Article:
Interventions in the House of Commons
 
 
 
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View Geoff Regan Profile
Lib. (NS)
View Geoff Regan Profile
2016-05-03 10:02 [p.2735]
I have the honour to lay upon the table the spring 2016 report of the Auditor General of Canada.
Pursuant to Standing Order 108(3)(g), this document is deemed to have been permanently referred to the Standing Committee on Public Accounts.
View Kevin Lamoureux Profile
Lib. (MB)
View Kevin Lamoureux Profile
2016-05-03 10:02 [p.2735]
Mr. Speaker, pursuant to Standing Order 36(8), I have the honour to table, in both official languages, the government's response to four petitions.
View Scott Simms Profile
Lib. (NL)
Mr. Speaker, I have the honour to present, in both official languages, the second report of the Standing Committee on Fisheries and Oceans in relation to its study of the main estimates for the fiscal year 2016-17.
View Marjolaine Boutin-Sweet Profile
NDP (QC)
View Marjolaine Boutin-Sweet Profile
2016-05-03 10:03 [p.2735]
moved for leave to introduce Bill C-264, An Act to amend the Canadian Bill of Rights (right to housing).
She said: Mr. Speaker, I would like to thank the member for Desnethé—Missinippi—Churchill River for seconding this bill. The bill would amend the Canadian Bill of Rights to include the right to proper housing for all at a reasonable cost and free of unreasonable barriers.
Having a roof over one's head is a basic necessity. People who live on the streets do not know where they will sleep that night, whether they will eat, or where to find shelter from the bitter cold. It is much harder for them to find work, and their lives are very precarious. This affects their physical and mental health.
In Canada, at least 235,000 people experience this every year. Canada has recognized the right to housing internationally. It must do so in its own federal laws as well.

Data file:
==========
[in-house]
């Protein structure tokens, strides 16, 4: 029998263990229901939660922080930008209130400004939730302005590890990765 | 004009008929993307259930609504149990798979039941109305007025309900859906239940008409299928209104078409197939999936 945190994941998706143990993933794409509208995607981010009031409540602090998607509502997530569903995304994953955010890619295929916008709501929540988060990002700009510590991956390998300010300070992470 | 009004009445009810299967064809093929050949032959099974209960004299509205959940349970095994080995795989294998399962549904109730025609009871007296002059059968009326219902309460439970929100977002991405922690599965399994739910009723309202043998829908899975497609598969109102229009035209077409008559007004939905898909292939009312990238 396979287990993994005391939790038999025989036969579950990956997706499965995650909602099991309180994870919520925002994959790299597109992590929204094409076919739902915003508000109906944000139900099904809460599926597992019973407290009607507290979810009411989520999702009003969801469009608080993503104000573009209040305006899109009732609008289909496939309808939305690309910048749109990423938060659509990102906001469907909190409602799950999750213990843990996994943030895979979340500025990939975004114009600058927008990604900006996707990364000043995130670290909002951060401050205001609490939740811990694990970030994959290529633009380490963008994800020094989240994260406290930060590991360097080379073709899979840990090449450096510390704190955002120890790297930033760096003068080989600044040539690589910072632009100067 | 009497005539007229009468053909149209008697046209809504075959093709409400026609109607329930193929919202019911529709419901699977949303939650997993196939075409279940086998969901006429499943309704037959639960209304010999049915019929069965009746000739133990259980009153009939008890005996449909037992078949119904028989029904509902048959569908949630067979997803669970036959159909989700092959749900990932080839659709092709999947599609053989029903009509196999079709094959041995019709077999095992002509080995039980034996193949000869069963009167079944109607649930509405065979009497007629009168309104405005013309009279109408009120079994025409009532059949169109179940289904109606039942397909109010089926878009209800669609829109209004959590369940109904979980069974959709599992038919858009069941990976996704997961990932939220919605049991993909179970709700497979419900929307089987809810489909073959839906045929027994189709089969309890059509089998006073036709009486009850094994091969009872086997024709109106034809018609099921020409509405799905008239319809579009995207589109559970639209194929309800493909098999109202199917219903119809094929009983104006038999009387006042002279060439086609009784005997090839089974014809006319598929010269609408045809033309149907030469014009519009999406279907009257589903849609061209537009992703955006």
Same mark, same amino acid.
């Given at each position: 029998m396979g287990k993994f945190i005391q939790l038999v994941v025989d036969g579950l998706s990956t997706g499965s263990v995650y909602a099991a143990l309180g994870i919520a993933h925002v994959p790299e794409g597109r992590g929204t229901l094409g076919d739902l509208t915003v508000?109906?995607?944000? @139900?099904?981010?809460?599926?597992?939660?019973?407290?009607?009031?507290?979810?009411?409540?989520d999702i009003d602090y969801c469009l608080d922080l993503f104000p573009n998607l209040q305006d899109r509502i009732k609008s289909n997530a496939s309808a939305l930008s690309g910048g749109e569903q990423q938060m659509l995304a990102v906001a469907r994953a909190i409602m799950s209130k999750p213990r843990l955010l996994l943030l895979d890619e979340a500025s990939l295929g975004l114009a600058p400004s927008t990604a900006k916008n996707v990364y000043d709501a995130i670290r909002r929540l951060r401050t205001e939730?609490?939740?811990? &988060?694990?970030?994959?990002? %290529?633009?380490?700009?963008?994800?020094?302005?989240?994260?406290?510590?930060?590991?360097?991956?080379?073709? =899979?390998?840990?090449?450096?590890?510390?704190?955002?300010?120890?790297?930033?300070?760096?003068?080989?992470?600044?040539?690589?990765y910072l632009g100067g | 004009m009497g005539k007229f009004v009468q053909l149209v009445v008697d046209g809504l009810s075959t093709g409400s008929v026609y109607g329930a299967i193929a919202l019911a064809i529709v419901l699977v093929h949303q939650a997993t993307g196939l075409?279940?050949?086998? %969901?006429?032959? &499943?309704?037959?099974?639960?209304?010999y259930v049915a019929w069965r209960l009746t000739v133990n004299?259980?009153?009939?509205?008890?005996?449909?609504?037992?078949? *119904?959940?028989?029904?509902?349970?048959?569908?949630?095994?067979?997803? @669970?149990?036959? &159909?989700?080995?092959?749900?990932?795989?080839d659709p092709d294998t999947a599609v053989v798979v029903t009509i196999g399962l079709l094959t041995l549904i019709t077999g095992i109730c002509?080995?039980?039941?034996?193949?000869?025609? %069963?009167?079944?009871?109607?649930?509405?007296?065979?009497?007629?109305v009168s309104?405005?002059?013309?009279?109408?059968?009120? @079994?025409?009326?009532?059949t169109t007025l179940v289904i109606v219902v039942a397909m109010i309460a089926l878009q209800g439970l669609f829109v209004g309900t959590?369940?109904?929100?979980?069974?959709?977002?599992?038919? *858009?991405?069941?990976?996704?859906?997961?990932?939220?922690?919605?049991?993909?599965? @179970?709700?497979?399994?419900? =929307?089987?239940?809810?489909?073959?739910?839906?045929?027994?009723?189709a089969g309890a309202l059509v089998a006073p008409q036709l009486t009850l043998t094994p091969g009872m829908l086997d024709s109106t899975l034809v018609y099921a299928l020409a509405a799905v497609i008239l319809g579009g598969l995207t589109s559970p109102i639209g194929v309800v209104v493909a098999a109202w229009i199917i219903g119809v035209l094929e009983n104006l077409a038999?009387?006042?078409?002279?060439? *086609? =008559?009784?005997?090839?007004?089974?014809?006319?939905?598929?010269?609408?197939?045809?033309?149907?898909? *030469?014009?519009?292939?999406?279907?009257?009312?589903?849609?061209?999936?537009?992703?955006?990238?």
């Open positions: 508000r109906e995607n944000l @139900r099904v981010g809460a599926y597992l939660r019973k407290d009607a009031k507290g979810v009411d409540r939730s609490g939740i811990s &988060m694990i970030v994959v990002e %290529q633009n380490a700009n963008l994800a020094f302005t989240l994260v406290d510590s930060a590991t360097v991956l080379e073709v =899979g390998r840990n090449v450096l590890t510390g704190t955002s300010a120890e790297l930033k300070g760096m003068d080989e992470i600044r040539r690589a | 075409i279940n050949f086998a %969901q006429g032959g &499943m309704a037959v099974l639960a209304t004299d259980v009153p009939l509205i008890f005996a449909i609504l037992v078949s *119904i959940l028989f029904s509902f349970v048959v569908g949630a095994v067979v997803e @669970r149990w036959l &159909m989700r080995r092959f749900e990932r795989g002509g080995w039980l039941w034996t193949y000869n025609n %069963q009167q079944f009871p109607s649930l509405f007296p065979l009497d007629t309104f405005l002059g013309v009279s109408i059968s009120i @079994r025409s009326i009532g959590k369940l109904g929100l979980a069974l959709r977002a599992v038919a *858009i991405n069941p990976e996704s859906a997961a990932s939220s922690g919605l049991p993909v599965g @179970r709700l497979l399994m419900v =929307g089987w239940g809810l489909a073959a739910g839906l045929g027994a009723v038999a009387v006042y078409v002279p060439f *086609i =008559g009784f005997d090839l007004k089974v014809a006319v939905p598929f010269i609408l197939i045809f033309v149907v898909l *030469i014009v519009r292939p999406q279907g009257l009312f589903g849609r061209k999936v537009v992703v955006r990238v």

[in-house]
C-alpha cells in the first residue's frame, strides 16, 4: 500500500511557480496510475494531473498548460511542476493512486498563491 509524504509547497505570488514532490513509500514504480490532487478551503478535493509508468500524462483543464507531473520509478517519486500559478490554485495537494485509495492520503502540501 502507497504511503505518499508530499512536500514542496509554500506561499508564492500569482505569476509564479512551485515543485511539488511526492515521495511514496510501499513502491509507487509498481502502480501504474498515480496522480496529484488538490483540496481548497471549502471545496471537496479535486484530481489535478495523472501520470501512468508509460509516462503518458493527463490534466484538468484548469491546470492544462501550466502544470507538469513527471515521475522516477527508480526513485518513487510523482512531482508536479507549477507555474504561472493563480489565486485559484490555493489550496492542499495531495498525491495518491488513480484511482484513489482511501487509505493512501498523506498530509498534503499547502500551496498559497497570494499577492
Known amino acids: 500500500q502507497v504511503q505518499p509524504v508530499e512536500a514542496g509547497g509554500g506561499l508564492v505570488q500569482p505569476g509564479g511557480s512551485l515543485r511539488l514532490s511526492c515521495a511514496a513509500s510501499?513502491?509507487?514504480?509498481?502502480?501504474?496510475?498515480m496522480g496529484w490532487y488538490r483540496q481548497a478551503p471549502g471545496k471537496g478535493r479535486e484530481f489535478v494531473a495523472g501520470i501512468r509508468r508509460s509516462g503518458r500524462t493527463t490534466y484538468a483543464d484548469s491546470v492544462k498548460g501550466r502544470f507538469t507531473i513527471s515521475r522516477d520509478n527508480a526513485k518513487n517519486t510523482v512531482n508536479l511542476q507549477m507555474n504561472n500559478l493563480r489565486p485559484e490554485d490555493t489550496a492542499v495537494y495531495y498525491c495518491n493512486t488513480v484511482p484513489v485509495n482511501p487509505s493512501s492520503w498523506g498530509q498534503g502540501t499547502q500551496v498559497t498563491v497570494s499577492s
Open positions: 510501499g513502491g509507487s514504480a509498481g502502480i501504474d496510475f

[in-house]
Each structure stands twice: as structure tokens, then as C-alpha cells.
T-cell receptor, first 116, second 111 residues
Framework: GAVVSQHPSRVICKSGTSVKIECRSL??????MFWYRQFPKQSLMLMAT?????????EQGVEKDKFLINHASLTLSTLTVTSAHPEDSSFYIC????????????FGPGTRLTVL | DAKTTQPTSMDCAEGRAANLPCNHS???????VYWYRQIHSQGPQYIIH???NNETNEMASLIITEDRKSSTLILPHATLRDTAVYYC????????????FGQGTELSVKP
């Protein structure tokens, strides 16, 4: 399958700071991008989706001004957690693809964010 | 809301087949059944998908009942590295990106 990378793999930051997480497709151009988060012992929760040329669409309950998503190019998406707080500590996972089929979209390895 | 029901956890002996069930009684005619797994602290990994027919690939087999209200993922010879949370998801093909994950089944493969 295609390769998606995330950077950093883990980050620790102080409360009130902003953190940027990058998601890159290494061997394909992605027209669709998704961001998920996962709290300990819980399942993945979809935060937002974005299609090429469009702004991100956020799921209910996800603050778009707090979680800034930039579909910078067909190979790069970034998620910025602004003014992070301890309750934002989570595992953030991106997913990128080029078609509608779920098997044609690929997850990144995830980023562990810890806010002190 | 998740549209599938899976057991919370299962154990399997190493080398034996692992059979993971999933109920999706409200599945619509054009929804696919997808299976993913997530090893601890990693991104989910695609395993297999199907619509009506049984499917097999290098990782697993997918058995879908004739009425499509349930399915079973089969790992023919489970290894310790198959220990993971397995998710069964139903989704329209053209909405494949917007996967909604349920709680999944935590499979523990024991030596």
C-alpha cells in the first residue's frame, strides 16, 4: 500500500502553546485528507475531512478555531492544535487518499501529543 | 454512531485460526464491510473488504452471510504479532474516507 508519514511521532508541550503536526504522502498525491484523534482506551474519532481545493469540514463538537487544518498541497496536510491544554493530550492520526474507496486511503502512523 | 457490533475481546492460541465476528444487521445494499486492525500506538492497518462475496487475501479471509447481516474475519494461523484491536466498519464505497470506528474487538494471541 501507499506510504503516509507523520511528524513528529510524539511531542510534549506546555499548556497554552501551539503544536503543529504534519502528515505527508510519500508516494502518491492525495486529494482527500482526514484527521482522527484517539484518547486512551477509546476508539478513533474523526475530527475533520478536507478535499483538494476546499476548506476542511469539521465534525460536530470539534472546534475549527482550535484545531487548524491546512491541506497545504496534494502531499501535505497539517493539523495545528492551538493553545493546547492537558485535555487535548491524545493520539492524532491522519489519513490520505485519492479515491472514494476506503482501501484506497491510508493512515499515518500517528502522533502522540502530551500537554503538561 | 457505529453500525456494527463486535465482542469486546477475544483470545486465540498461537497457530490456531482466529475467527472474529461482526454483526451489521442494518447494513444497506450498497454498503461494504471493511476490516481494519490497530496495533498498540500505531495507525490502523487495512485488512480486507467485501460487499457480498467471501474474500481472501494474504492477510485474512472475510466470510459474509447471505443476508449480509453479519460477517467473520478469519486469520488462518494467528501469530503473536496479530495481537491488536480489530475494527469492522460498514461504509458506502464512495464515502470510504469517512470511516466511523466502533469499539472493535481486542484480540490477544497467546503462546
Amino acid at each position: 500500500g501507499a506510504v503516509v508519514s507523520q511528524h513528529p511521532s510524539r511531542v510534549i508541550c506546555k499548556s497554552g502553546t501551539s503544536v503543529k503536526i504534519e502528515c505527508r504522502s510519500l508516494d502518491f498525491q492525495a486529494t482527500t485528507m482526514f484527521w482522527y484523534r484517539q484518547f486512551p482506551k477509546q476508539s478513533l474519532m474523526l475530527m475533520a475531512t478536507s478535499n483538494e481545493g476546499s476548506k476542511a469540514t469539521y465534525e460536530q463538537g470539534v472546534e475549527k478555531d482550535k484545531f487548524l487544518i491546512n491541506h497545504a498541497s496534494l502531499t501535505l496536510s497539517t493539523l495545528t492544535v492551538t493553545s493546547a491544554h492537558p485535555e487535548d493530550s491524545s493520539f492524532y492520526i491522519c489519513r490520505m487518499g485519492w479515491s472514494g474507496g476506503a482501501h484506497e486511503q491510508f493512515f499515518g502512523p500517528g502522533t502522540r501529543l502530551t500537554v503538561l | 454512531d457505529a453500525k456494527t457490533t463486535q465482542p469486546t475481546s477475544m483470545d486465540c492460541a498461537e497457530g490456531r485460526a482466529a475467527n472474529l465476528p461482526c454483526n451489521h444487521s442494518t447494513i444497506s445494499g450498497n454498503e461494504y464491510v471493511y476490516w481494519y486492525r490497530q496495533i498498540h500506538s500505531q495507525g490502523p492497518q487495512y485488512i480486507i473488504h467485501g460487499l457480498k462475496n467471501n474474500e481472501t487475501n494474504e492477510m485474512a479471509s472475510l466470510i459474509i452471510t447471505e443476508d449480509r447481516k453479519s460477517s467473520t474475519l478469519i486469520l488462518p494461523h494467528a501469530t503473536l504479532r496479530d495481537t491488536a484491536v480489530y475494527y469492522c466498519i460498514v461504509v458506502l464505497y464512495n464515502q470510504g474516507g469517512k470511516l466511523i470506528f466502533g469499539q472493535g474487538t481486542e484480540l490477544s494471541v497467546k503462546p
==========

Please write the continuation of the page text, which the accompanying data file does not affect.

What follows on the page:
View Marjolaine Boutin-Sweet Profile
NDP (QC)
View Marjolaine Boutin-Sweet Profile
2016-05-03 10:05 [p.2735]
moved for leave to introduce Bill C-265, An Act to ensure secure, adequate, accessible, and affordable housing for Canadians.
She said: Mr. Speaker, this time I would like to thank my colleague from North Island—Powell River, who is seconding this important bill.
The bills calls on the government to develop a national housing strategy. Canada is the only G8 country that does not have one.
The current government talks about a strategy, but the process to implement such a strategy is crucial. It is not enough to simply consult the provinces, territories, municipalities, aboriginal communities, and housing groups. It is too easy to consult them, but then completely ignore the recommendations that are not to the government's liking.
Instead, the government must work in partnership with all stakeholders to reach a satisfactory agreement that is flexible enough to meet the varied needs of our distinct regions.
View Robert Oliphant Profile
Lib. (ON)
View Robert Oliphant Profile
2016-05-03 10:07 [p.2736]
moved that Bill S-201, An Act to prohibit and prevent genetic discrimination, be read the first time.
He said: Mr. Speaker, it is a great honour to give first reading to Bill S-201, an act to prohibit and prevent genetic discrimination. I want to thank my hon. colleague, the member for Madawaska—Restigouche, for seconding this.
The bill would create a new genetic non-discrimination act that would prohibit all service providers from demanding genetic testing or requiring that a person disclose the results of past genetic testing. It also provides for a complaint procedure for federal employees facing disciplinary actions because of genetic testing, and adds genetic characteristics as a prohibited ground of discrimination under the Canadian Human Rights Act. The protections in the bill would enable Canadians to access medical advances in genetic testing without the fear of negative consequences or repercussions on them and their families. It would empower Canadians to have better health.